Birds Nest Helsinki
The Bird’s Nest continues the collaboration between installation artist Jan-Erik Andersson and sound artist Shawn Decker. This is a site-specific public work that includes sculptural and sound elements. This particular version of the nest, which has also been shown in Berlin (at the Klosterstrasse Ruine), at Wakefield, UK (Public Arts Center), and at Hyvinkaa, Finland (in the Central Plaza), was shown as part of the Kiasma Museum of Contemporary Art’s exhibition, “Wireless Experience”, coinciding with ISEA 2004, and was situated in the lobby of the Helsinki Sonomat, adjacent to the museum. In this installation, the nest was used as part of a café, where people could sit and drink coffee, etc. at tables inside the nest.
The Bird’s Nest in part explores new ways of developing architecture based on forms found in nature. These forms are combined with kinetic sound works that are likewise derived directly from natural processes. The artists see these acoustic and kinetic elements as functioning within the context of architecture as a kind of ornamentation, broadening of the concept of the “ornament” to include sound and rhythm.
Although the Bird’s Nest looks chaotic, it is made of a single, geometric, triangular shaped wooden ”module". The concept of the module has been widely used in modernist architecture, resulting in monotonous buildings with repeated patterns. In the “Bird’s Nest” structure, however, the arrangement of the triangular "modules" in a semi-chaotic manner creates a space which is more organic – and rooted in structures found within natural systems.
Visitors are invited to sit down by tables inside the Nest and experience the transparency of the structure and how it allows the surrounding environment to be a part of the experience, yet held at a distance as well. In this version of the Nest, made for the ISEA exhibition, one of the most interesting aspects of this was the contrast between the exacting geometries of the large modernist steel and glass atrium, and the chaotic construction of the nest.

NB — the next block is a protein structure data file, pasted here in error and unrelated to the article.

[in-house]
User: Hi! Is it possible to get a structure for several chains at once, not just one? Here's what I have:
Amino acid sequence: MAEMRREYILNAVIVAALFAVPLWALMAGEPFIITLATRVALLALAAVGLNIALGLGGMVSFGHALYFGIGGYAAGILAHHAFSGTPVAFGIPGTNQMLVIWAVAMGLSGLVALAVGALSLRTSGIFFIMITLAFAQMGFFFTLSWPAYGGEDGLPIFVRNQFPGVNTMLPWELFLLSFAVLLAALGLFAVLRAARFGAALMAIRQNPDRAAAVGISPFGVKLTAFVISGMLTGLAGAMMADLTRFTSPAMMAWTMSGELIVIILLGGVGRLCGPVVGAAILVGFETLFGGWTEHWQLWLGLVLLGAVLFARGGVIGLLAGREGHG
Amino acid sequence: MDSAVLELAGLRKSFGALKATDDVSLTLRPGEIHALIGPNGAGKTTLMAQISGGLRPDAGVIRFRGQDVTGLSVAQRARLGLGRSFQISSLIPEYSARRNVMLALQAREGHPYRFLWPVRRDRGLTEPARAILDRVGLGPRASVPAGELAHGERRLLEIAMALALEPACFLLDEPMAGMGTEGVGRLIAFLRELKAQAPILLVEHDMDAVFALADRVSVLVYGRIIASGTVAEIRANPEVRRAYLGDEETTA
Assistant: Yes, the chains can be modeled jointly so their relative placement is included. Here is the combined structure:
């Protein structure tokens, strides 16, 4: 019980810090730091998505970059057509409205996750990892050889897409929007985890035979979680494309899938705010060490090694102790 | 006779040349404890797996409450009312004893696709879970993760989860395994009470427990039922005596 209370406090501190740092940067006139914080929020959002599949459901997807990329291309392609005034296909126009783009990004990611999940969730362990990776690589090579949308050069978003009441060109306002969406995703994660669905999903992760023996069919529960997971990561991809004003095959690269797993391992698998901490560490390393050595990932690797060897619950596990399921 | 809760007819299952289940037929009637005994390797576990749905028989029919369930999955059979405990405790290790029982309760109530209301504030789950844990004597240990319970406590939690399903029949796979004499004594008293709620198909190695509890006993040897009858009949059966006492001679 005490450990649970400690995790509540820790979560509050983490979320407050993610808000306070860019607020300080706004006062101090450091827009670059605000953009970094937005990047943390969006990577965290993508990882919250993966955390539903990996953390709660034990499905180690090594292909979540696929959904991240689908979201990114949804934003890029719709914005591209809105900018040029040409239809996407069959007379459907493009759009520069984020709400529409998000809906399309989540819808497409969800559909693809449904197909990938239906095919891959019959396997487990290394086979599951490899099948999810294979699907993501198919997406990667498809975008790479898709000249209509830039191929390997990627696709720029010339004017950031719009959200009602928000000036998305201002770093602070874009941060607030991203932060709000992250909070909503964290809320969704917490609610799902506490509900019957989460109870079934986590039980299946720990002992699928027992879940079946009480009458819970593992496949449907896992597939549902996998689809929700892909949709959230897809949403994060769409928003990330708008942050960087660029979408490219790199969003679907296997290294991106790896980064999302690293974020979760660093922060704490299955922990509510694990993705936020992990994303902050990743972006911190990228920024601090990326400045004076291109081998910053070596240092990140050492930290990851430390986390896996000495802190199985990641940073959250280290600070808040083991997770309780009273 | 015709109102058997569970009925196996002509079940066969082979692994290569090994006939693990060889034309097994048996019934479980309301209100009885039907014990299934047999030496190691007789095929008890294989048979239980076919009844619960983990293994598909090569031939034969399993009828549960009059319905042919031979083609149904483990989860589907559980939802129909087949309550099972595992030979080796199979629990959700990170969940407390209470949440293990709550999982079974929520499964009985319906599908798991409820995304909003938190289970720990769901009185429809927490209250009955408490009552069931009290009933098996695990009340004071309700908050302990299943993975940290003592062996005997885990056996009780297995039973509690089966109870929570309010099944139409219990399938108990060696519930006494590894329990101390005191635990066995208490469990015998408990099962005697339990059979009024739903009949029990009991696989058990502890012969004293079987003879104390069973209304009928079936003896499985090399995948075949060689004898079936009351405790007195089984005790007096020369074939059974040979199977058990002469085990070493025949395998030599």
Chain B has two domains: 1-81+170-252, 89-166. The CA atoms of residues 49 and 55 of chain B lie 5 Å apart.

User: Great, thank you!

In the Helsinki nest, piano wires form a transparent roof over the Nest, and use the nest as a sounding board to create rhythmic patterns when the piano wires are struck by small electric motors. The sounds are constantly changing and never repeat, being generated by a computer program modelling patterns and processes directly derived from nature (in particular, from the patterns of local birdsong). As a sounding board, each separate “stick” of the sounding board yields a small amount of sound. Inside the nest, surrounded by these sounds, the listener is cocooned with the sound environment, which is quite audible, whereas outside the environment, where the listener can only be near to a small number of these “sticks” the sounds are quite quiet. The constant change of the sounds, without repetition ever, directly corresponds to the sounds of the natural environment, and in turn contrasts with the overwhelming presence of recorded media in our contemporary culture, which has desensitized us to the subtle and complex processes and this constant change found in nature.
Andersson’s and Decker’s earlier collaborations involving ways that sounds could function as ornament includes the Gerbera building in Kiipula, Finland, which also involved architect Erkki Pitkäranta. In this building, designed by Pitkäranta and Andersson, Decker’s permanent sound installation brings stylized sounds from the surrounding natural environment into the winter garden of the building, creating an “iconic” or “ornamentalized” contact with the nature immediately outside the doors of the building.